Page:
South London charity offering help to families who cannot afford to cook at home

A south London charity is supporting families struggling to afford the costs of pre-payment energy meters, who in some cases are not able to cook in their own homes. 

Fuelbanks and Families began by offering a £49 fuel voucher that goes directly onto pre-payment meters for families in crisis.

Janet Stimpson started the charity after realising that a food bank in Wandsworth was setting aside dried food for certain families who had no way to cook at home.

She said: “At that moment I decided it wasn’t acceptable and began to research how we could give money directly to the families on their prepayment metres. And I discovered it had not been done before.”

Pre-payment meters usually have higher tariffs than monthly payments for each unit of energy. This, combined with the spiralling cost of energy, is creating a fuel crisis across the UK.

Fuelbanks and Families operates out of a number of food banks, whilst also running an independent drop-in centre from Wandsworth Library. It has expanded its outreach to offer financial advice to families and also help with essentials from school uniforms to children’s birthdays.

Miss Stimpson added: “The £49 voucher would see them through for about 2 or 3 weeks, at least for their fuel needs and that’s the main thrust of the charity: to relieve the fuel crisis.”

A research-based component to the charity was crucial for Miss Stimpson, whose background is in family therapy. Fuelbanks and Families has published two yearly reports, which highlight the long-term ripple effects of helping families deal with one financial problem like energy bills.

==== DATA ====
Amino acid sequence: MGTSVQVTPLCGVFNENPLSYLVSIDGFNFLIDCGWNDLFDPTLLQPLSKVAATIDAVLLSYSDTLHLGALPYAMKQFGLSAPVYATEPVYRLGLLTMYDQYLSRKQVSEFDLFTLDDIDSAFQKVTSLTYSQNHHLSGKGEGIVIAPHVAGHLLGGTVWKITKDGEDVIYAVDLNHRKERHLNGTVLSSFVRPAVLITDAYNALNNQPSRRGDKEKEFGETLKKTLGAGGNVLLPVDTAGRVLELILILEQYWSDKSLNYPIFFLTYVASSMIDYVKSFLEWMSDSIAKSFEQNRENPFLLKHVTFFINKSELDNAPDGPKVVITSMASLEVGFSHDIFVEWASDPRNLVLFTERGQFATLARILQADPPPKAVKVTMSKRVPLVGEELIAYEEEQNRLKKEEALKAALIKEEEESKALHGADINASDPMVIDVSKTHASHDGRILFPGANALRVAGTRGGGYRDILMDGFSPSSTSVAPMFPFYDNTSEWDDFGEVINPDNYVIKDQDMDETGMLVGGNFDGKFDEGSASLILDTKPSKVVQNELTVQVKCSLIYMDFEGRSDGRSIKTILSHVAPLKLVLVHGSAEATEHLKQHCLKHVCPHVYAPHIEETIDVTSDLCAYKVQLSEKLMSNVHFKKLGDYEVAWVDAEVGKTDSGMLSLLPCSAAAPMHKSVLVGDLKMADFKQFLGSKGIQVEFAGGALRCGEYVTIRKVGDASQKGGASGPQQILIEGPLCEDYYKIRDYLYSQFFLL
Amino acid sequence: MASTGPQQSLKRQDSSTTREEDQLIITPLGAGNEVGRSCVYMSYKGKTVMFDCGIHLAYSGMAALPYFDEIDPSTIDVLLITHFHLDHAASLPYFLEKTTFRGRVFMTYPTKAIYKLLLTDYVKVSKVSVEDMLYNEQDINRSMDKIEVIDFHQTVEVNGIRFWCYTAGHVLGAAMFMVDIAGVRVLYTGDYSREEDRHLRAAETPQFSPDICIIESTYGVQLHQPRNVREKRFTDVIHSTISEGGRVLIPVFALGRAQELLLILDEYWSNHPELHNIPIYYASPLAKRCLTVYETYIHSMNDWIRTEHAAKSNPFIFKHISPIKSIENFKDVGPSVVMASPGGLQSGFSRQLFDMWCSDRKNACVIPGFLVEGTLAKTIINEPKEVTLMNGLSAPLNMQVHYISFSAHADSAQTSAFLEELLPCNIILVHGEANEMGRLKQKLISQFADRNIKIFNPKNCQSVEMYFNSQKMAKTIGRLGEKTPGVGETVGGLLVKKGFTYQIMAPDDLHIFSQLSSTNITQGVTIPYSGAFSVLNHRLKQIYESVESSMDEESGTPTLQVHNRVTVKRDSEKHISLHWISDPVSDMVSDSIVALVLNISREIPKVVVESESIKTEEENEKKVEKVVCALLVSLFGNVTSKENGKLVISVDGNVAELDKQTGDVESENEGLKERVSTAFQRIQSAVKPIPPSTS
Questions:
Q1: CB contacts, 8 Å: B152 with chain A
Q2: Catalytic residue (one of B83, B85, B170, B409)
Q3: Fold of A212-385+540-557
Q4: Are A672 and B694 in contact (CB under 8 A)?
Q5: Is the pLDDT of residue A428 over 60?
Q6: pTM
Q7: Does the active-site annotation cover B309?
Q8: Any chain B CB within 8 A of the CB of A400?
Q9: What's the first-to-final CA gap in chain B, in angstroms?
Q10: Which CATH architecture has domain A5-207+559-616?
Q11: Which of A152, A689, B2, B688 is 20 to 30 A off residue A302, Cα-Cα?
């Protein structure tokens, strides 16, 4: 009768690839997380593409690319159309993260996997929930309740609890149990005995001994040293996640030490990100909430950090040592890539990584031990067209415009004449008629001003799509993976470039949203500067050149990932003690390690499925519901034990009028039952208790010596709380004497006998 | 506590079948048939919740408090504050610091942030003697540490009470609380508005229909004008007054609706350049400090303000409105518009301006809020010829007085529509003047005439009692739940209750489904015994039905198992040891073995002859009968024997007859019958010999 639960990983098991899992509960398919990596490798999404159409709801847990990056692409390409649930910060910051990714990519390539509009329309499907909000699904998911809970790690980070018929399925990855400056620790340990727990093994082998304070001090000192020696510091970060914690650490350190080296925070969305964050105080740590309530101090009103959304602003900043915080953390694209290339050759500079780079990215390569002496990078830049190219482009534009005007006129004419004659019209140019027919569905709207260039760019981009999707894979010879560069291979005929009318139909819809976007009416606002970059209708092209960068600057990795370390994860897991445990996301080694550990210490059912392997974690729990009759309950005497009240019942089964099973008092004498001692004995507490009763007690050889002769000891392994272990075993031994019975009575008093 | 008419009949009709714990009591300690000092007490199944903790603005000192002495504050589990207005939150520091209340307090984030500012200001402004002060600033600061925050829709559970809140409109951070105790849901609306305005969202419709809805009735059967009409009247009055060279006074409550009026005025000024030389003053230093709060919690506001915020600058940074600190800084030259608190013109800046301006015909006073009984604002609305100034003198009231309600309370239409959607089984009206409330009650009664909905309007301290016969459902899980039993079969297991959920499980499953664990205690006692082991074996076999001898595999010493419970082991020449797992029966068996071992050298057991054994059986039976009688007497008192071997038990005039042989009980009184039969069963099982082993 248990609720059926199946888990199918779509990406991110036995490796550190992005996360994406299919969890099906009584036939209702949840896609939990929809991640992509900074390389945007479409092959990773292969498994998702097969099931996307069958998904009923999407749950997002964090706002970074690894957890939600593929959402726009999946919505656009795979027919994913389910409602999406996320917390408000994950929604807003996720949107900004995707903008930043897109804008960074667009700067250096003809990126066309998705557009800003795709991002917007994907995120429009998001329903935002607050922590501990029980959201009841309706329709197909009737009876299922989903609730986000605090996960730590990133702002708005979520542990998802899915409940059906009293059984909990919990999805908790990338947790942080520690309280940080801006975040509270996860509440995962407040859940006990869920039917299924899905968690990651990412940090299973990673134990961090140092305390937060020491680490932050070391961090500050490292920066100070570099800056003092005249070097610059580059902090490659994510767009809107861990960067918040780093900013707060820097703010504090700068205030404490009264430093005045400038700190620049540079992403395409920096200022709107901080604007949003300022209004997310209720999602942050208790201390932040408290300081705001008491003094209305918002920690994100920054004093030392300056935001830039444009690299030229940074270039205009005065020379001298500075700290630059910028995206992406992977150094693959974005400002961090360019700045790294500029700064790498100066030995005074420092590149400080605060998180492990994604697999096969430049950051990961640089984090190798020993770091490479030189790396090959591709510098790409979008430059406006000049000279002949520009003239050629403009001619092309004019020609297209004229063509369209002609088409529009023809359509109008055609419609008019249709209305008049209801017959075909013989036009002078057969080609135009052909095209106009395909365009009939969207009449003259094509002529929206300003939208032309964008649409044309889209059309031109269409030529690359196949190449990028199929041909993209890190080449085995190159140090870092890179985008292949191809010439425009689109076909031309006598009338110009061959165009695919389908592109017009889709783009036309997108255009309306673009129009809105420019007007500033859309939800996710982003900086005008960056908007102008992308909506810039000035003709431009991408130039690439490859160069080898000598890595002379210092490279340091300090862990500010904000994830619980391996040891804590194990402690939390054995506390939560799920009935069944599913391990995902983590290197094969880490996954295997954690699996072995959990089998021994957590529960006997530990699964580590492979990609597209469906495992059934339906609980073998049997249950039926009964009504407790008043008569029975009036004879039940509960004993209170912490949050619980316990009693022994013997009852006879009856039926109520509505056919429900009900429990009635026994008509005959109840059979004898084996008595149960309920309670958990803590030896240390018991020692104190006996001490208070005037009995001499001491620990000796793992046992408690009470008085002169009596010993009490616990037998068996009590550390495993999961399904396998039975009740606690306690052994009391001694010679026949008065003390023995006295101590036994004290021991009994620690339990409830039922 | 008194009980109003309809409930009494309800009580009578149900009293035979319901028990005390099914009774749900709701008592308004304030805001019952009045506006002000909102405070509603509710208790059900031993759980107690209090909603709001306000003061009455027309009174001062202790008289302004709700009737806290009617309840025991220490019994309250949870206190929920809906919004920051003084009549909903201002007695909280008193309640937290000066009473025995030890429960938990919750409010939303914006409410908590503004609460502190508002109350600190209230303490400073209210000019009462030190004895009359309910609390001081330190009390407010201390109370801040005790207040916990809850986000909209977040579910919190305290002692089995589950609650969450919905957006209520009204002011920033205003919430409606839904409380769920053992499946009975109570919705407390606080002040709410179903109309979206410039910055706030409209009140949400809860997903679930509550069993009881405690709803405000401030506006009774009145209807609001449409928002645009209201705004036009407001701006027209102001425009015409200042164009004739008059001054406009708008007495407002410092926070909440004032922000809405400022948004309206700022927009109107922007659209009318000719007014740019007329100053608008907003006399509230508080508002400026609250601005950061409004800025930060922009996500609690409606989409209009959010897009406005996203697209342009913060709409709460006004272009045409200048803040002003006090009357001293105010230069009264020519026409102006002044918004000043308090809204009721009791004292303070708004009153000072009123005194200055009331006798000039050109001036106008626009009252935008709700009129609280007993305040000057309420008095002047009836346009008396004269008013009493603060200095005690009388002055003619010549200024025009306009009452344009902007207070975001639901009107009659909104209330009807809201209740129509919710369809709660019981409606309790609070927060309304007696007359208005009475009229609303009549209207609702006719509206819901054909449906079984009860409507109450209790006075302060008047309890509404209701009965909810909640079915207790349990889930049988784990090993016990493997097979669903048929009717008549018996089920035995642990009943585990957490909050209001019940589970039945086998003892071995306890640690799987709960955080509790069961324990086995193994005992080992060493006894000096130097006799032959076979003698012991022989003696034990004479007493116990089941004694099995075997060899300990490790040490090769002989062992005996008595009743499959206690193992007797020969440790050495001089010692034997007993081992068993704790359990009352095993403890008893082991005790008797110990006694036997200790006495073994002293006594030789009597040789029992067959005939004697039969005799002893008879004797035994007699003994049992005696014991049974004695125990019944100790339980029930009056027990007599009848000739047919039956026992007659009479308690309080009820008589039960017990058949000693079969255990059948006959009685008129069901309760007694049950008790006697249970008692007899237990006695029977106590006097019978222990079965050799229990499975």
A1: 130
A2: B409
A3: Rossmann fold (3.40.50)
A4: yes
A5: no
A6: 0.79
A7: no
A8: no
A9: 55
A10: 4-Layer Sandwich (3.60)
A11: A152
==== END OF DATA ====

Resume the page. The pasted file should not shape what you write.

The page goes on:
They have helped 432 families, with 82% of these families saying their circumstances have improved in the long-term since receiving help.

It is a charity that operates within the community, not separate from it, listening to concerns and responding to them.

Miss Stimpson said: “One of the first families we helped was a single mum who had worked for the Job Centre for 11 years and had just been made redundant.

“She took one fuel voucher then she volunteered for us for 2 years, one day a week after that so paid back immeasurably more than we could have ever given her.”

The energy companies themselves have recently been forced to look at the ethics with which they provide their service.

In 2015 Npower were fined £26m by Ofgem, the energy company watchdog, for sending out late and often inaccurate bills and failing to handle customer complaints effectively.

It was the largest settlement ever agreed between Ofgem and one of the big six energy suppliers. The fine was divided between some of the worst affected customers and the charity sector.

Fuelbanks and Families has faced intense opposition from the supplier. Npower launched a legal case against the small charity in its first year of operation, with Npower citing trademark irregularities.

Miss Stimpson said: “Npower went after us on the trademark in quite an aggressive way and they still have great influence because of the amount of money they’re putting into a similar sort of model but without the human understanding.

“Legally fuel companies are not allowed to cut off young families with children living at home. However they often insist on prepayment metres in buildings, as do some landlords, and then what happens is a self cut off.

“Most of the money put into the charity sector by energy companies has come from fines for behaving badly. Now they are after good PR, and we are shining a light on how pre-payment metres can result in unacceptable suffering for some families.”

Fuelbanks and Families are hoping to restructure towards national support, they are in discussions with other charities interested in tackling the fuel poverty crises.

Npower did not respond to a request for comment.

More information on the charity can be found on their website.

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